dame de Salval;' l have indulged myThe coquetry of this young creature, felf in such fine declamations delore you her ambition to shine in the circle, and to I have had my fainily, any honour, and captivate every eye, did not escape the pe-- my morals tón, oh'! quite like other netrating view of this abandoned woinan. folks! My dear Julia, at your age one is Julia heard her incesantly exclaim ; very romantic. Sentiment is the idol of • What a beautiful Mape! But what an inexperienced hearts, the gay chimera that odious gown! Why,'child, dress is our enraptures and deceives. - But we mult very life, and you mould display your returt to the safer leffons of experience. charms to advantage by the elegance of One is not always young, my sweet fricnu; your taste. Ah! were I but of your age, our years infentibly Real away, repentance I should know how to improve them, appears in the train of misfortune, and By what filly prejudices are people go our fully is irreparable. To have'neglectverned ! But when once we begin to think ed the brighteti moments of life, and to for ourselves, we shall pay little attention be abandoned to unavailing regret, what to the opinion of the world. It is pover. a sad situation this ! But perhaps you ty only that, is the object of contempt. bave not rightly underiiood me. In all Some marks of complaitance,' added this the occurrences of life there are fome deintriguing woman, for' a gentlenian who licate attentions to be obferveifa cermerits my esteem, and who intends to tain manner of keeping well with the espouse me, have now changed my fitua. world—the great art of faving appear. tion. From what moment I have begun ances. Embrace me, my dear friend. to live. I have a houfe, I have dress, I Remember, that our fecrecy is inviolable have jewelsmand jewels are the magic of You see what proofs of tenderness I give beauty.' Julia profoundly fighs. I will you. Were you my own child, I could not conceal it; 'resumed madame de Sau- not speak to you with more fraokness and val, whom this figh did not escape;' but affection. Leave every thing to me. in your fituation. I hould be decided. will make you the liappiest as well as the What do you expect from your aunt ? lovelieft of women. She has but little fortune, nor is the im.' These insidious conversations were no mortal. · Julia, beautiful as you are, and without effect. ' Julia started at first a with your birth, would you degrade your- the picture which madame de Sauval prefélf to the employment of a Lady's wo fented. This is natural to some persons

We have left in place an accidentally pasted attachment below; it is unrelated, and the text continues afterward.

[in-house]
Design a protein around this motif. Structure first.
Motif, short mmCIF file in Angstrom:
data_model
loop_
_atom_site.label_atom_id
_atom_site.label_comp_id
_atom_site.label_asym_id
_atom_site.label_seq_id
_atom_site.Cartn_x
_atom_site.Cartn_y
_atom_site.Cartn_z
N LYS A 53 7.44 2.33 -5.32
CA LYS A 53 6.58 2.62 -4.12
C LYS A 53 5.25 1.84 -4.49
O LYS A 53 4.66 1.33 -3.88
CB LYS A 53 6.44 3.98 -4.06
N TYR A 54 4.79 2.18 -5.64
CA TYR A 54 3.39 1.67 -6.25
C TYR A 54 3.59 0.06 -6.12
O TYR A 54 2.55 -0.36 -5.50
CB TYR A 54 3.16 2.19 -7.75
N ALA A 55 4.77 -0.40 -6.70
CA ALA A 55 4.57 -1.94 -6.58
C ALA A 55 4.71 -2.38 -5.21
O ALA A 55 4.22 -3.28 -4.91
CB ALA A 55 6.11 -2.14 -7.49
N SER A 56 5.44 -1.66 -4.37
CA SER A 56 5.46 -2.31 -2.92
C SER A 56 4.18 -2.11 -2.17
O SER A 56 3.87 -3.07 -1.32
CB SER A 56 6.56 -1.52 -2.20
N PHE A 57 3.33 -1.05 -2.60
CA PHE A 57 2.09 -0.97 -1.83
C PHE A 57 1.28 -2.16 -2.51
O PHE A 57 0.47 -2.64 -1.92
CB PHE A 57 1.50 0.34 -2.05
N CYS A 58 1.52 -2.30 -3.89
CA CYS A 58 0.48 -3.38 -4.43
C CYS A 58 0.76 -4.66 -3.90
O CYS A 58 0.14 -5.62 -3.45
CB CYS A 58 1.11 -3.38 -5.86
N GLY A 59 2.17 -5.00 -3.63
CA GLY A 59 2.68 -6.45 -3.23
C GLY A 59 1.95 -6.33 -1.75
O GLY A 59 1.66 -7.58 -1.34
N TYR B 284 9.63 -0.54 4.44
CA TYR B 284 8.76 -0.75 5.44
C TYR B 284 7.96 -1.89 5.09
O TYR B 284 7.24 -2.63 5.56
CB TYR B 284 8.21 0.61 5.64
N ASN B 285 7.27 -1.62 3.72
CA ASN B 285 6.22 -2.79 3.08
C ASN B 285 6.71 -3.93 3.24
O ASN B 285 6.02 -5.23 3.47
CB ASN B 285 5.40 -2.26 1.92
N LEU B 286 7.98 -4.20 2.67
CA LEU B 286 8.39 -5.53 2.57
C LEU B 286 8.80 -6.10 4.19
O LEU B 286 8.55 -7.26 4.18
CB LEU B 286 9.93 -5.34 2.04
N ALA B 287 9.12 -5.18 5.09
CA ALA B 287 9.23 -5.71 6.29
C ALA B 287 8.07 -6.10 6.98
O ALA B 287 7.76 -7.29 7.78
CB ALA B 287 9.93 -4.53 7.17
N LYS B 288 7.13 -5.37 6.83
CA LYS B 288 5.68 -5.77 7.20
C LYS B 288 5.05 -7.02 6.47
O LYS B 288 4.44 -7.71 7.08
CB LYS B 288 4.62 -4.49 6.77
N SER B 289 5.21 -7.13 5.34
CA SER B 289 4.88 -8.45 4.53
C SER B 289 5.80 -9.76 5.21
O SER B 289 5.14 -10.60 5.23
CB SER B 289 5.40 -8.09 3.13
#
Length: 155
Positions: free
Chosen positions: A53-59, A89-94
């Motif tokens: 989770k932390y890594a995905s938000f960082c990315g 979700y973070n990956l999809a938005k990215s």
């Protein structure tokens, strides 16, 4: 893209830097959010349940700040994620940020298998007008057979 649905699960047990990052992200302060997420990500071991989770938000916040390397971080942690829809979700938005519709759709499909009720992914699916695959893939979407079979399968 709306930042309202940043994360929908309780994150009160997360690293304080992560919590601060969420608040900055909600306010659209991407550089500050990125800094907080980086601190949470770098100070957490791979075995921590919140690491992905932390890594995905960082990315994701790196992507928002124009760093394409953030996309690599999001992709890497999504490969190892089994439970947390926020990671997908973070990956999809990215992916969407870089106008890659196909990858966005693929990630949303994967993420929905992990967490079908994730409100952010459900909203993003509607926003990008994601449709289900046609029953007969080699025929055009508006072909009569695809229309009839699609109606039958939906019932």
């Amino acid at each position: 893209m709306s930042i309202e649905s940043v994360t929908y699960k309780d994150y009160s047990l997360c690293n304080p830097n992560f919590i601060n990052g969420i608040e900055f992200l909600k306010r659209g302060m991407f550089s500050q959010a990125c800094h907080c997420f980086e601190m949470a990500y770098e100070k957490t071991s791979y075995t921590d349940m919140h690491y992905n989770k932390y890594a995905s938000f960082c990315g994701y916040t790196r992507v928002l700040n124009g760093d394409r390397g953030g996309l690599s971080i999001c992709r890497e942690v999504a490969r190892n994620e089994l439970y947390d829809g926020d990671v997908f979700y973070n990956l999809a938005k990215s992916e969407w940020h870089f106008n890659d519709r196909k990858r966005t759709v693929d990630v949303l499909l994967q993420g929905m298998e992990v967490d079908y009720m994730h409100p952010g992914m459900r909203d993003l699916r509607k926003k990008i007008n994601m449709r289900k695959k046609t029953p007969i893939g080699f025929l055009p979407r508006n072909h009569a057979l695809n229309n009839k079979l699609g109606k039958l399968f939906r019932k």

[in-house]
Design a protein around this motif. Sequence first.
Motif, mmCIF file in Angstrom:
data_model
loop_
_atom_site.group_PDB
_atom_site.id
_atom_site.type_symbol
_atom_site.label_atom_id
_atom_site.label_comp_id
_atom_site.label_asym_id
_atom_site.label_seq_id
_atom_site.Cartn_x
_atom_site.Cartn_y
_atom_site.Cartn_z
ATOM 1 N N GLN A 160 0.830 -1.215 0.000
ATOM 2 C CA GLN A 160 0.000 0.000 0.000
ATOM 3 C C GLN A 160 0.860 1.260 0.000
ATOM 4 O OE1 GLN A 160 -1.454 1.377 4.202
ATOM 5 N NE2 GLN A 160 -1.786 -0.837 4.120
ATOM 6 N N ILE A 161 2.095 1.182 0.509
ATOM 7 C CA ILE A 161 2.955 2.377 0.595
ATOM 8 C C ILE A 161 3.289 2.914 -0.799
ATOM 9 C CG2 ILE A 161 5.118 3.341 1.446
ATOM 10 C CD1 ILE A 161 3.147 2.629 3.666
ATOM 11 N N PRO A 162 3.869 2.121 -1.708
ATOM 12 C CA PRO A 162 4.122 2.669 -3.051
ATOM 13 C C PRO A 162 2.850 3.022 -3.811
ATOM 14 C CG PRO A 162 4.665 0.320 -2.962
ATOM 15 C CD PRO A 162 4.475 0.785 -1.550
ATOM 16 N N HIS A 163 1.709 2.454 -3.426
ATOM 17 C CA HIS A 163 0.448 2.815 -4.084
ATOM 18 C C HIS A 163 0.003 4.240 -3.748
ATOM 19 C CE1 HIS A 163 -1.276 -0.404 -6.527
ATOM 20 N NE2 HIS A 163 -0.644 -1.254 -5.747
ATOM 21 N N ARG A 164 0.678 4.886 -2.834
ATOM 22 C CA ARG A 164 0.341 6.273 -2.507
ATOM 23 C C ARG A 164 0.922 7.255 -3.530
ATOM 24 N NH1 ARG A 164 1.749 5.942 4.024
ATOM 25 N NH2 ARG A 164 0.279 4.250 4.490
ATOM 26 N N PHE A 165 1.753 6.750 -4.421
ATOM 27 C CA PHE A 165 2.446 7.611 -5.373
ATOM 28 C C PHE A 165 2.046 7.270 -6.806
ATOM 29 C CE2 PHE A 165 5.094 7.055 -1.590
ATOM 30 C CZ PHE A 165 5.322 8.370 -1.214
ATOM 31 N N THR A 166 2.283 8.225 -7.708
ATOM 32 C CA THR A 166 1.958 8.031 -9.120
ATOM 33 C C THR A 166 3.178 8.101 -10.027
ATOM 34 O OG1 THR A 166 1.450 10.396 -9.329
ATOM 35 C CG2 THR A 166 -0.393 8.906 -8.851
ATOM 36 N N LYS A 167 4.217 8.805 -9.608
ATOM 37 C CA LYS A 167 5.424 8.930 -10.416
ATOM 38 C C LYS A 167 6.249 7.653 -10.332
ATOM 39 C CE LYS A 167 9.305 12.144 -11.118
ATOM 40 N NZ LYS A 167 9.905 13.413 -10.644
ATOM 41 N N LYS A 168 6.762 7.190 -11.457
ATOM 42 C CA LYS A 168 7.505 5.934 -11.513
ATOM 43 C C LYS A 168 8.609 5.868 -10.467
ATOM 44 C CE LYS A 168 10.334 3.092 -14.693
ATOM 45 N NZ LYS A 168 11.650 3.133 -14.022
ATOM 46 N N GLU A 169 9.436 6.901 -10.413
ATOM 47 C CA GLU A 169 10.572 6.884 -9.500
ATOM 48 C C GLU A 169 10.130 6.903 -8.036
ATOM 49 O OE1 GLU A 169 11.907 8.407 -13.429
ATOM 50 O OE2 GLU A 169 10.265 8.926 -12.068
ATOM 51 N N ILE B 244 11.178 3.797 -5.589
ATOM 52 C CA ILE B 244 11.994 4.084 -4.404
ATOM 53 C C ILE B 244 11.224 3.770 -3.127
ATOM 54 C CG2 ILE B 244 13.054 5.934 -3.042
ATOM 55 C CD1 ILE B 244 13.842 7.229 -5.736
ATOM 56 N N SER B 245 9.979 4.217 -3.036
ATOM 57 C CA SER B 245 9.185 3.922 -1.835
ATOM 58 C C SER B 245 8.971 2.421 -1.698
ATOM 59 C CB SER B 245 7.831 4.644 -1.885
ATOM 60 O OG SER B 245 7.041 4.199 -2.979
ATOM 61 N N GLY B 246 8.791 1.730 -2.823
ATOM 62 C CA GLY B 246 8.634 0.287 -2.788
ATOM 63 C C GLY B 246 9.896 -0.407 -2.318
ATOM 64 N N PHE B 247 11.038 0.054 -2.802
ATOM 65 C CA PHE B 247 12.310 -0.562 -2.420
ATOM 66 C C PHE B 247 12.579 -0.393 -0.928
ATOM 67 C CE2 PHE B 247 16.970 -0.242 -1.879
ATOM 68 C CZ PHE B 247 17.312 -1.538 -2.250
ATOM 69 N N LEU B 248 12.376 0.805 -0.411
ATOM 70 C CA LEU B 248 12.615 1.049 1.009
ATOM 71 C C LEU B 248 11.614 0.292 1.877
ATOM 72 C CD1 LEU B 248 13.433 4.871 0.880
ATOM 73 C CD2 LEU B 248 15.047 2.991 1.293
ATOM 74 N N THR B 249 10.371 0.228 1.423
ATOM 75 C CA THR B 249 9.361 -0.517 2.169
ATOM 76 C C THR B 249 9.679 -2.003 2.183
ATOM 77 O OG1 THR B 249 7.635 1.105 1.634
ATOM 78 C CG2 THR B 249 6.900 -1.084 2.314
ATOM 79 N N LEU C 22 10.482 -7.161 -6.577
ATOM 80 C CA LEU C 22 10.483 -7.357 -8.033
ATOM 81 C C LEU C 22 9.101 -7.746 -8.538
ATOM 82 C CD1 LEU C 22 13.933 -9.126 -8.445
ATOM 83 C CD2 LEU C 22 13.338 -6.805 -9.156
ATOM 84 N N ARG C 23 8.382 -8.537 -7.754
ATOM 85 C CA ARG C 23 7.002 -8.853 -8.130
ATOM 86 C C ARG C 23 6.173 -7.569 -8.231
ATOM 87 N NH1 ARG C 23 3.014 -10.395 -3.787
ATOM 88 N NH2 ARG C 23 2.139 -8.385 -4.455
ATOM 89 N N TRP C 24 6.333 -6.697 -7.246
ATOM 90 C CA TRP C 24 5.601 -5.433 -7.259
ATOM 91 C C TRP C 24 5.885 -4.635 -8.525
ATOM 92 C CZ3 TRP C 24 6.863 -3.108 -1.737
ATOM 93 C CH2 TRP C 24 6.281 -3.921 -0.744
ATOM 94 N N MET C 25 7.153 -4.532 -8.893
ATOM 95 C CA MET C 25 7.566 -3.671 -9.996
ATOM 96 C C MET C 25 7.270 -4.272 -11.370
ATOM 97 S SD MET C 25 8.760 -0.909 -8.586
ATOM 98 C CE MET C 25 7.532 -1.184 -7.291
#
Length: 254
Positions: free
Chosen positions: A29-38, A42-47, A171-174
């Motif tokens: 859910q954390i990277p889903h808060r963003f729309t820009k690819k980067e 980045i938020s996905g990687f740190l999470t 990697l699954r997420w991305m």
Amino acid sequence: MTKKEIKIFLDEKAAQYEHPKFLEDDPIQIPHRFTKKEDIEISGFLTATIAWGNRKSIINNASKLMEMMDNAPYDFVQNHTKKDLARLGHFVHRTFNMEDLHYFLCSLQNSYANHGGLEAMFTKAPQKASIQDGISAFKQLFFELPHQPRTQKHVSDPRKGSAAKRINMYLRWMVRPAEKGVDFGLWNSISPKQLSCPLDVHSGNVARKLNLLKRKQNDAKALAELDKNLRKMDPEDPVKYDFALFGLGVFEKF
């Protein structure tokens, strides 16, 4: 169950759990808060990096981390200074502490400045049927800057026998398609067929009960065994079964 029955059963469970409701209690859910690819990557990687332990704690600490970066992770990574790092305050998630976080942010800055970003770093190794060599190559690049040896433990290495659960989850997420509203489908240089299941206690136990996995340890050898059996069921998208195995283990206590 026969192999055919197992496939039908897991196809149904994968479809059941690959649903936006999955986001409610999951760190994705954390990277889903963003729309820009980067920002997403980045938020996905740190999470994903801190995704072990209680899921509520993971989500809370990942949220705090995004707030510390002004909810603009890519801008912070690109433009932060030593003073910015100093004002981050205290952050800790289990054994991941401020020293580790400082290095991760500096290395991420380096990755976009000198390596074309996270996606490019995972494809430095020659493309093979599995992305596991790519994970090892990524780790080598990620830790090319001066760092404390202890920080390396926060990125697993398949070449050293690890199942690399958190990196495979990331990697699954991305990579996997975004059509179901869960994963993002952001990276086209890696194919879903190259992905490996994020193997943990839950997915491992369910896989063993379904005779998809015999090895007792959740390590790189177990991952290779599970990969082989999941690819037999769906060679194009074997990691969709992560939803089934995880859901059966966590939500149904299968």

while yet unvanquished by the folicitati At this question Julia could not conceal ons of vice. Julia views the pi&ture again Tome emotion of indignation ; this fame and views it with less averfion, She se Julia, wio, before the left her parents, cretly laments her narrow circumstances, would have embraced the meaneat occu runs to her glass, contemplates he pation with joy, if the purity of her mo- charms, and returns to her perfidious ad als had required the sacrifice.